We love rivers and especially the Gallatin
“Rivers flow not past, but through us; tingling, vibrating, exciting every cell and fiber in our bodies, making them sing and glide.”
– John Muir
Over the past century, the Gallatin River has become a famous hub for recreation. Even if you’ve never fished the Gallatin or rafted the Mad Mile, you’ve probably seen it.
Since playing the role of the Blackfoot River in Robert Redford’s adaptation of A River Runs Through It, the Gallatin River has become a world-class brand. The iconic final scene of the film, which won the 1992 Academy Award for best cinematography, is a shot of Stormcastle Peak towering over the river.
Despite its fame, we believe the story of the Gallatin River cannot be distilled to a single image. Instead, it must be told as a series of snapshots, which capture its resilience and capacity for change.
A historical image from 1908 shows Stormcastle denuded of trees after a forest fire.
“Eventually, all things merge into one, and a river runs through it. The river was cut by the world’s great flood and runs over the rocks from the basement of time. On some of the rocks are timeless raindrops. Under the rocks are the words, and some of the words are theirs. I am haunted by waters.”
– NORMAN MACLEAN
During the 115 mile journey from source to confluence, you’ll never step in the same Gallatin twice.
Born 7,000 feet above sea level in the northwest corner of Yellowstone National Park, our River begins life as a pristine, riffle filled outlet of Gallatin Lake. In the Park, the Gallatin’s multiple channels meander through broad, glacially-carved valleys. Moose, elk, and bison pause to browse in meadows of willow and sage.
Several miles downstream the Gallatin exits the park, and the Taylor Fork, a large tributary, enters the main River. On stormy days or during snowmelt, the Taylor Fork resembles a latte: creamy and frothy. Runoff washes calcium bentonite, a mineral found in clay, into the river, clouding and coloring the water.
The Gallatin River, a few miles from its headwaters at Gallatin Lake, threads through a broad meadow filled with willow and sage.
In the summer, the Gallatin Canyon is home to adrenaline junkies who skillfully navigate riverine boulder fields. When streamflow exceeds 6,000 cfs, the river surges over the top of House Rock shown below.
Due to the unique geology of tributaries like the Taylor Fork, those who know the Gallatin don’t need a meteorologist to tell them when or where it’s raining. They merely watch the color of the river for the latest forecast.
Where the Gallatin enters the Canyon, the River begins to charge and swell. Wade into the water above your knees, and you may be swept away.
The Canyon alternately tightens and releases along its 30 mile length. Where the bedrock is soft sandstone and limestone, the river carved valleys wide enough for communities like Big Sky and Karst to grow.
Where the walls are resistant gneiss, the canyon narrows to a mere quarter mile, barely enough room for the river and the road. Below the cliffs, the river runs wild past boulder fields, which pose a challenge to even the nimblest kayakers.
Just north of Indian Ridge, the Gallatin slips through a gap in the hills and enters the wide, fertile Gallatin Valley. Here, it winds past cottonwoods and ranches all the way to its confluence with the Madison and Jefferson Rivers to form the headwaters of the Missouri River.
During its 2,500 foot descent the Gallatin changes from meandering, headwaters stream to charging, whitewater run to broad, lazy river. In our work, we focus on the wild, remote Upper River: the canyon and Park. We know this story best.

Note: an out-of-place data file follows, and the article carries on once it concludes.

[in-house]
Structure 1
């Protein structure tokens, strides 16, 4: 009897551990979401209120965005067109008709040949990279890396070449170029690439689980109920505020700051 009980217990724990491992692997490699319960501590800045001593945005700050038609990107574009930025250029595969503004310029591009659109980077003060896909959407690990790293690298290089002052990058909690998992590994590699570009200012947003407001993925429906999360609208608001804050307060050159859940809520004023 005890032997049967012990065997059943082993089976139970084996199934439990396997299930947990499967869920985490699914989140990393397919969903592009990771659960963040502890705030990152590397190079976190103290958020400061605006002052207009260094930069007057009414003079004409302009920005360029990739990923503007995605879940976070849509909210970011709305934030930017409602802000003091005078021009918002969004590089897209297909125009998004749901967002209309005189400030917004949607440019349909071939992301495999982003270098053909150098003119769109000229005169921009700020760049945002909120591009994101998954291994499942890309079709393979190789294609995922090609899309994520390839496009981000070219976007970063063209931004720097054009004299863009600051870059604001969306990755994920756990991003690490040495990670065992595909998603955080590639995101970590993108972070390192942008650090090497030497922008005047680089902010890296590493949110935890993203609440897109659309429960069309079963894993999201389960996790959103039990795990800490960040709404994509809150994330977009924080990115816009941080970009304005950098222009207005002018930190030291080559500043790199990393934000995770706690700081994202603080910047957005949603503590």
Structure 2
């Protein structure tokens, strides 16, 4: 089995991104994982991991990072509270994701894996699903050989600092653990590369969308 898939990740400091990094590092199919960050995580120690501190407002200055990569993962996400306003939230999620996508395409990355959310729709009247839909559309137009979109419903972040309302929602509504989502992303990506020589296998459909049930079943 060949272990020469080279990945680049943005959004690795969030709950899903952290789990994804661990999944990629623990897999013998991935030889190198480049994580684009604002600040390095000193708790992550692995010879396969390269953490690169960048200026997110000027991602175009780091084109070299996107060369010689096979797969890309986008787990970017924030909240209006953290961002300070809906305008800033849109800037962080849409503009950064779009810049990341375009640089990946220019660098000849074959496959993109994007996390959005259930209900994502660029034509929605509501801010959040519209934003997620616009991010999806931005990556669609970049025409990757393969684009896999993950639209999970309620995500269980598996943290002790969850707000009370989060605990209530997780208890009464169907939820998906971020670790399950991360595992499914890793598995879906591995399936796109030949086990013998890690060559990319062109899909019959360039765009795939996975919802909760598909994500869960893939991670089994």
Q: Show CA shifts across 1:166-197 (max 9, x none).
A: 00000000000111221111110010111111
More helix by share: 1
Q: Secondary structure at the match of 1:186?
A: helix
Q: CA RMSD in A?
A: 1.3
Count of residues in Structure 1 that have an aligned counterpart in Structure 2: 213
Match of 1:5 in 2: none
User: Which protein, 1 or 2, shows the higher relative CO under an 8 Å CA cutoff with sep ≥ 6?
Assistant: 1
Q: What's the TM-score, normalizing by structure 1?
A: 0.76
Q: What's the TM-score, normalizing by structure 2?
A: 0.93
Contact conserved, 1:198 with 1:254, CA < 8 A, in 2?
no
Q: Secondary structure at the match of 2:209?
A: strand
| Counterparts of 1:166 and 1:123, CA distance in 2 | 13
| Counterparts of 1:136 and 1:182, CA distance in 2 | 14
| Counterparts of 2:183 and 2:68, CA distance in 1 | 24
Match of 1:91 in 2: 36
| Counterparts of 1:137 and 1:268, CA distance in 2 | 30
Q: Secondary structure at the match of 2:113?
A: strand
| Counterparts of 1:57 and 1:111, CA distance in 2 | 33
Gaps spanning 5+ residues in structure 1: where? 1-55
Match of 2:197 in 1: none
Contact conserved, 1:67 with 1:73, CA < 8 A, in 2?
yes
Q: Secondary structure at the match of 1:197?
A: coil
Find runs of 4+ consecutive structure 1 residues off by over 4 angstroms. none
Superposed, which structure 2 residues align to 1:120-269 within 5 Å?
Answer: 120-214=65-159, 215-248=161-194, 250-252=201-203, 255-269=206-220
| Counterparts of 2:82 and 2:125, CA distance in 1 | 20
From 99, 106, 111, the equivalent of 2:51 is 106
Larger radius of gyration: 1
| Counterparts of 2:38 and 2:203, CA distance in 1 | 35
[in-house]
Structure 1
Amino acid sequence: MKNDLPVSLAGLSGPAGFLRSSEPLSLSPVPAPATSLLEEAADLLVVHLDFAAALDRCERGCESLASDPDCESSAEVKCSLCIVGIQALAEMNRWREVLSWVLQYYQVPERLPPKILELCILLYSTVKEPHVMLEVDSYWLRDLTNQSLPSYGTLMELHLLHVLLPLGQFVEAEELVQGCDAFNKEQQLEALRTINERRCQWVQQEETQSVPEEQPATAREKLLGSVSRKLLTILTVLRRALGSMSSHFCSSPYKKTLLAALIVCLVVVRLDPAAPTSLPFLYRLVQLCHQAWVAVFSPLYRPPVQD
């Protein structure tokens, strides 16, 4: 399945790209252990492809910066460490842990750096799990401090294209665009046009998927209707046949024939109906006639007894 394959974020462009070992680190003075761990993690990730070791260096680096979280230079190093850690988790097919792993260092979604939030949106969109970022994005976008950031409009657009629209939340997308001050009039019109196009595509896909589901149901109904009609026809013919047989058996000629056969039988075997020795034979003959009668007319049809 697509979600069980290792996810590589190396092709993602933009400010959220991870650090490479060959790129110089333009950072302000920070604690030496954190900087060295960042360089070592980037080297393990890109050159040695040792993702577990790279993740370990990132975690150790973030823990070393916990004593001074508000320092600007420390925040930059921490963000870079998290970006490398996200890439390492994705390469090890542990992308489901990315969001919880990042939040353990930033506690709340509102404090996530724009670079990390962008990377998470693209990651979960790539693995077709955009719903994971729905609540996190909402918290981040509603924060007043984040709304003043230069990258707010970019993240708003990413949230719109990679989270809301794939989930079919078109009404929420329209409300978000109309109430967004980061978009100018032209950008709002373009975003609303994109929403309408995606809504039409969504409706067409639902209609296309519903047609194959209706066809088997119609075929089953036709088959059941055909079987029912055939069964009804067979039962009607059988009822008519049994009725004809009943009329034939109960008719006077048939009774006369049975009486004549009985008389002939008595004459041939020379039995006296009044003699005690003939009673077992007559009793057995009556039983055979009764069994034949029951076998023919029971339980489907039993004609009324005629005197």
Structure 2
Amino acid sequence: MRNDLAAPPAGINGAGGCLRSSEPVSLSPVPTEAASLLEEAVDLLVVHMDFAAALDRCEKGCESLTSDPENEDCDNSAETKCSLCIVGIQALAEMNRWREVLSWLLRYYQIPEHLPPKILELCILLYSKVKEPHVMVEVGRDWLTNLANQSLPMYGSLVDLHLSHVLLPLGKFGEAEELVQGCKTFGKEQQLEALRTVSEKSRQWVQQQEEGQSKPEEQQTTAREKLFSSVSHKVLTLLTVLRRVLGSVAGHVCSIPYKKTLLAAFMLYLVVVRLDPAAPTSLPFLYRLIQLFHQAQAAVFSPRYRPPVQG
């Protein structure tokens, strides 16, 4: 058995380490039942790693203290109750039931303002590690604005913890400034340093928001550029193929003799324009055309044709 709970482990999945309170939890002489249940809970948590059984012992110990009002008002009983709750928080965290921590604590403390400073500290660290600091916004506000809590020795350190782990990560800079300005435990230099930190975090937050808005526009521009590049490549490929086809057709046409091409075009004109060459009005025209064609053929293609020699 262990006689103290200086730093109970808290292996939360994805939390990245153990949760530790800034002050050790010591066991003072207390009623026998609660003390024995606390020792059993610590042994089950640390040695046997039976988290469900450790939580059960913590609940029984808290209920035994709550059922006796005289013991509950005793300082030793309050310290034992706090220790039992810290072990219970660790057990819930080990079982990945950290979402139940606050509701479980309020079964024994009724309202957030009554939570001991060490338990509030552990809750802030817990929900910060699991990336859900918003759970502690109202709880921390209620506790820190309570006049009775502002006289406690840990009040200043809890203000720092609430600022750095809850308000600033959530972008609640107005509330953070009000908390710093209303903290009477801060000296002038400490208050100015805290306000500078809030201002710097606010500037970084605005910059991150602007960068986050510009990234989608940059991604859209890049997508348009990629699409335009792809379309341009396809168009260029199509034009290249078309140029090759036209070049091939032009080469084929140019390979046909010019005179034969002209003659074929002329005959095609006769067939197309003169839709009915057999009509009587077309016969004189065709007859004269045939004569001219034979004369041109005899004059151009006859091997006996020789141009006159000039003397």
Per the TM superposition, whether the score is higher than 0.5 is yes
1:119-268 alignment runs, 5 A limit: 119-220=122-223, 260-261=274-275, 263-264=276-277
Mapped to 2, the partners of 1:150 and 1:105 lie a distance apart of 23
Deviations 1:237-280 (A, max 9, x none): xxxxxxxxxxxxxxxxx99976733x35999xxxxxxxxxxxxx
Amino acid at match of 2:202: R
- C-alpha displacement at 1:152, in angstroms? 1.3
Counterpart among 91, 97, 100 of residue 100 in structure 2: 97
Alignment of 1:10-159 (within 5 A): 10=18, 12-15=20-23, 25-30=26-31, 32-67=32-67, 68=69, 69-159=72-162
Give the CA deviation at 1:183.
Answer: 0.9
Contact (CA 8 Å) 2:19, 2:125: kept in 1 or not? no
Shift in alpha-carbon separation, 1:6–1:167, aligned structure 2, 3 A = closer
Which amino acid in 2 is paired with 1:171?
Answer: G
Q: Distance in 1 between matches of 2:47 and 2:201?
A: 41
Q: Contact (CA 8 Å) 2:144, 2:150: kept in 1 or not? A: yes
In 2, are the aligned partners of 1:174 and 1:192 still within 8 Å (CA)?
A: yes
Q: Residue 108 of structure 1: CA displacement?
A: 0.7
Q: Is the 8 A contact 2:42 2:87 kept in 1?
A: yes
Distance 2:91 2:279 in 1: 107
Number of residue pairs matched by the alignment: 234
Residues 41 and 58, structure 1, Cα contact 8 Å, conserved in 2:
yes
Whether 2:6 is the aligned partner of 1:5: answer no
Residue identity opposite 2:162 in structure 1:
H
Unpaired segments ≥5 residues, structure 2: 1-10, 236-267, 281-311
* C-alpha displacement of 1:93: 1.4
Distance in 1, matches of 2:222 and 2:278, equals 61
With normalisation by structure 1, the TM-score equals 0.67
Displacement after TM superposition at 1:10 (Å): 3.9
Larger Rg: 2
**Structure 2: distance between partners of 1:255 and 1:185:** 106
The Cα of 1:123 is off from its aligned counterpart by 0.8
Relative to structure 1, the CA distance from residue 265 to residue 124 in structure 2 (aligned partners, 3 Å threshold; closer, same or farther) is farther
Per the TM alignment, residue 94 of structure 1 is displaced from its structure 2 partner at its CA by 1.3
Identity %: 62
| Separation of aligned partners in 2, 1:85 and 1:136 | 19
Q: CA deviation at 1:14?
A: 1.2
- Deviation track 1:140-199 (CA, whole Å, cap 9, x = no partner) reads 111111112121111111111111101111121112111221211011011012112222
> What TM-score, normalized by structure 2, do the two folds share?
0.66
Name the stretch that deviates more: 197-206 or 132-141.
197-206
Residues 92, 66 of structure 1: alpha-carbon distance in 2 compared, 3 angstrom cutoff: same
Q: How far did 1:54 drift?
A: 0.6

The cold, clean waters of the Gallatin splashing over their gravelly bed.
“The care of river is not a question of rivers but of the human heart.”
– Tanako Shozo
Throughout history, the Gallatin River has been both an obstacle to and a conduit for development. The events that shaped the West touched the Gallatin, but the inaccessible Canyon dictated a unique history for the Upper River.
The Upper Gallatin has always been home to seasonal residents. The first inhabitants, members of the Shoshone and Crow tribes, used the Canyon as a seasonal hunting ground and route to Yellowstone, where they collected obsidian to make arrowheads and spear points.
Evidence of their passing, including stone tools, wickiups, and fire rings, can still be found at streams and springs along the Gallatin River.
Photo of a Bannock Wickiup by an unknown photographer (1871). Courtesy of Yellowstone National Park Service.
“The first are 90 yards wide (Madison and Jefferson Rivers) and the last (Gallatin River) is 70 yards wide. All of them run with great velocity and th(r)ow out large bodies of water, Gallitin’s River is reather more rapid than either of the others, is not quite as deep but from all appearances may be navigated to considerable distance.”
– Meriwether Lewis
Headwaters of the Gallatin River at Gallatin Lake in Yellowstone National Park.
The Upper River embodies its original name: Cut-tuh-o-gwa, a Shoshone phrase meaning swift water. The Lewis and Clark Expedition chose the name we use today.
In July 1805, the Expedition arrived at the headwaters of the Missouri River. Meriwether Lewis recorded the first description of the Gallatin (above) and renamed the River after the United States Secretary of Treasury: Albert Gallitin.
Although largely overlooked by history, Gallitin played an instrumental role in planning and financing the Corps of Discovery. Thanks to the River, we still remember his name.
The Park and the Forest
“There can be nothing in the world more beautiful than the Yosemite, the groves of the giant sequoias and redwoods, the Canyon of the Colorado, the Canyon of the Yellowstone, the Three Tetons; and our people should see to it that they are preserved for their children and their children’s children forever, with their majestic beauty all unmarred.”